Archive for October, 2009

What to Play: Deuce to Seven Lowball10.22.09

deuce-7Deuce to Seven Lowball may be something of a secret to those more inexperienced poker players out there. In this game, four rounds of betting occur and, in all, each player gets five cards, all of which are dealt in the face down position. To that end, the game is a bit like Five Card Draw.

The difference is that, in this game, you are allowed to draw a total of three times — basically, during most of the betting sessions. One betting session occurs when players get their initial cards; then, each time the players are allowed to draw, another betting session occurs.

In this game, the ultimate goal is for you to make the five lowest cards that you can — without any pairs, straights, or flushes. Ace cards count as the highest possible cards rather than as ones. Thus, in Deuce to Seven Lowball, just as the name suggests, the ideal hand is: 2 3 4 5 7. However, any regular flushes, straights, or straight flushes will count against you. So, you do not want a 6 in there.

So, say you have 4 6 7 8 9 in off suits, but another player has the exact same hand in all diamonds. They lose by virtue of having a flush.

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What to Play: Seven Card Stud10.15.09

7-studSeven Card Stud (or Seven Card Stud High, if you want to get specific — as opposed to Seven Card Stud High/Low, of course), is a rather well known variation of poker. However, just because it is well known does not mean you should not be well aware of the rules and strategies involved in playing it.

In this game, the players put up antes; so, every player antes up, as opposed to only certain players putting down the blinds. Each player gets three cards at the onset — two of them are face down and one of them is face up. The person with the lowest card face up has to begin wagering, with the “bring in.” The other players follow in a clockwise motion.

A betting session follows, then the players are dealt a fourth card, also face up. A betting session follows this as well — and so on, for seven rounds. The idea here is to make the best hand with five out of seven of your cards.

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What to Play: Omaha High10.08.09

omaha-1Omaha High is another popular variation of poker. In this game, you begin by receiving four cards, dealt face down. By and large, that is where any similarities to Texas Hold ‘Em end. Omaha High is considered a much trickier, exceedingly more difficult game. As such, it is not recommended for beginners unless you are playing casually with a group of friends, solely for fun.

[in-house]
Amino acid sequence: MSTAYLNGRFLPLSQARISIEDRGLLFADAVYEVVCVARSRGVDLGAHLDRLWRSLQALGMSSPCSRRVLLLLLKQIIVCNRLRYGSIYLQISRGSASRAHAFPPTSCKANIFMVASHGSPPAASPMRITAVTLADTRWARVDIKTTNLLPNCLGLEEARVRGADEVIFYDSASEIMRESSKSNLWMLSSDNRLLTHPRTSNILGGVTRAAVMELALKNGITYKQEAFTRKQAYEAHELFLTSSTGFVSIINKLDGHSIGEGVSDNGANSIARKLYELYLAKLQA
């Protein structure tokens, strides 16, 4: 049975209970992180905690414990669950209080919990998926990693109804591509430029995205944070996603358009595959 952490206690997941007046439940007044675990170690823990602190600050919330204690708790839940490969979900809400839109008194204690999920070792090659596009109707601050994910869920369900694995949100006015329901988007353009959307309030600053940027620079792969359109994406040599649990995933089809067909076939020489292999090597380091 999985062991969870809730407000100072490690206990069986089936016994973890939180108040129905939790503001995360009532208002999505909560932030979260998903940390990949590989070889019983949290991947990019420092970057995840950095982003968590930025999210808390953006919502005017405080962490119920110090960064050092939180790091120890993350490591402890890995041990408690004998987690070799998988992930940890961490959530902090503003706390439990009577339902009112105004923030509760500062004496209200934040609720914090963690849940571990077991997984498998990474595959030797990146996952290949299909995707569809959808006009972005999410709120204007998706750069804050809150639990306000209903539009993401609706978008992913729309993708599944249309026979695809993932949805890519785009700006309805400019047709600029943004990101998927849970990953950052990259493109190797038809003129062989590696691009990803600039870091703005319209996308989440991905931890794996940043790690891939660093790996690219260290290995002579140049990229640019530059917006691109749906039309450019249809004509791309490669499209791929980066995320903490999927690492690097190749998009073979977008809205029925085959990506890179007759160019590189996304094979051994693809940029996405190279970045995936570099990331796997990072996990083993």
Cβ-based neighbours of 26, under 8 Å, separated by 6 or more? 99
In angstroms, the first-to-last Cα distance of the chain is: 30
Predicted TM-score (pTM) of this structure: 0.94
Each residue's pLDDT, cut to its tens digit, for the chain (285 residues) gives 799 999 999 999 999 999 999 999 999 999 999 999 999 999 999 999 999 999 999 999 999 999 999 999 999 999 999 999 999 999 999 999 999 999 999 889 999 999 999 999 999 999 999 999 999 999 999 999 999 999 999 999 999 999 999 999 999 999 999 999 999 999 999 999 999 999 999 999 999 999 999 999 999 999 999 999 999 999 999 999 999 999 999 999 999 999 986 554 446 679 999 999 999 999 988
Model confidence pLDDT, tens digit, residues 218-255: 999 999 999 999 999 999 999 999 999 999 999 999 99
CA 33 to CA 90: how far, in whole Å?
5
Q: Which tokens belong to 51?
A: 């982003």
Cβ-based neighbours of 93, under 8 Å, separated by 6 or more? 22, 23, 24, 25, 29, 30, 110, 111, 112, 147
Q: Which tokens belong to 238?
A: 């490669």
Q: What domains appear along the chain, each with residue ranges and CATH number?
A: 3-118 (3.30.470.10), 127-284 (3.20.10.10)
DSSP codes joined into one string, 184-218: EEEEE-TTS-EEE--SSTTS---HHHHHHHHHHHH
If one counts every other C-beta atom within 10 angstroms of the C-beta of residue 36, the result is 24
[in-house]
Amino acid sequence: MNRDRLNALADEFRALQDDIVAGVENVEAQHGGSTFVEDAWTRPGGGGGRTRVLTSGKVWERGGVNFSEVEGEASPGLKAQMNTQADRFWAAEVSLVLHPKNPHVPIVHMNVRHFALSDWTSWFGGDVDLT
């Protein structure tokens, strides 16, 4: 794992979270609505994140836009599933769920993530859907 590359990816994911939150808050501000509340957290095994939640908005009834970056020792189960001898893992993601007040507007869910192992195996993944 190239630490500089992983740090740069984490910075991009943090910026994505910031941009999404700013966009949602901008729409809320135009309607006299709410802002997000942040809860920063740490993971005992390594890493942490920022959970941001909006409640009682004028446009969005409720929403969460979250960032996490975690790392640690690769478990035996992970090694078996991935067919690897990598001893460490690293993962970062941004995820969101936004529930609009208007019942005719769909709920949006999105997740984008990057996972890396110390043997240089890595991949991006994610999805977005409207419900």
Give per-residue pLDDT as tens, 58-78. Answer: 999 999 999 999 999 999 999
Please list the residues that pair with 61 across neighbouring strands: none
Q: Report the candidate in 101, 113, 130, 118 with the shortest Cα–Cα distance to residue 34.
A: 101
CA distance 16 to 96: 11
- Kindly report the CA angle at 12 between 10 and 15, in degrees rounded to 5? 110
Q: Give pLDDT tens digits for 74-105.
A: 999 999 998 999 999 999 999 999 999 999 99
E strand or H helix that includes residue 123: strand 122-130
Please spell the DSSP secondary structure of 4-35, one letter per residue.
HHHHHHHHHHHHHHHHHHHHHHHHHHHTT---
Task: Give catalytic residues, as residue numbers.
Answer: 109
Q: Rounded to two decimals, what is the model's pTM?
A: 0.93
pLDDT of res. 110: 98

A betting session follows the dealing of the four cards. However, players are not allowed to discard. Following this, the Flop is dealt — three cards, face up. As with Texas Hold ‘Em, any player can use these cards to supplement their own hand. The tricky bit is that you have to use two out of the four cards you are originally dealt, in addition to the three Flop cards.

Once the Flop is dealt, another betting session follows, then comes the dealing of the Turn. You may now use the best three of the four community cards as well as two in your own hand. Your combination can change. Last, the River is dealt, followed by a final betting session. Yet again, you must use the best three cards in the community pile, as well as two of your own.

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What to Play: Texas Hold ‘Em10.01.09

hold-emSo, by now, you have probably have figured out where you want to play, be it at a bricks casino or at an online casino. Whatever the case, now it’s time to choose your game. This is harder than it may seem at first, simply because there are so many different varieties of poker.

Right now, Texas Hold ‘Em is probably the reigning champion in terms of popularity. It’s a challenging game but, on the plus side, it’s incredibly easy to figure out. The combination makes it perfect for both experienced players and novice players.

It’s considered the simplest variety of poker. You don’t have to ante up, you don’t have to discard. You only ever have to deal with two cards of your own. You have to bet on just those two cards as well. You are also dealing with the Flop, the Turn, and the River. Each of those have a betting session as well.

The dealer deals the Flop, which consists of three community cards. They are face up, whereas your two cards are face down. You can use the Flop to make the most of your hand. The fourth card, also dealt face up, is the Turn. There is a betting session after it is dealt, as well, and a fifth session once the final face up card, the River, is dealt.

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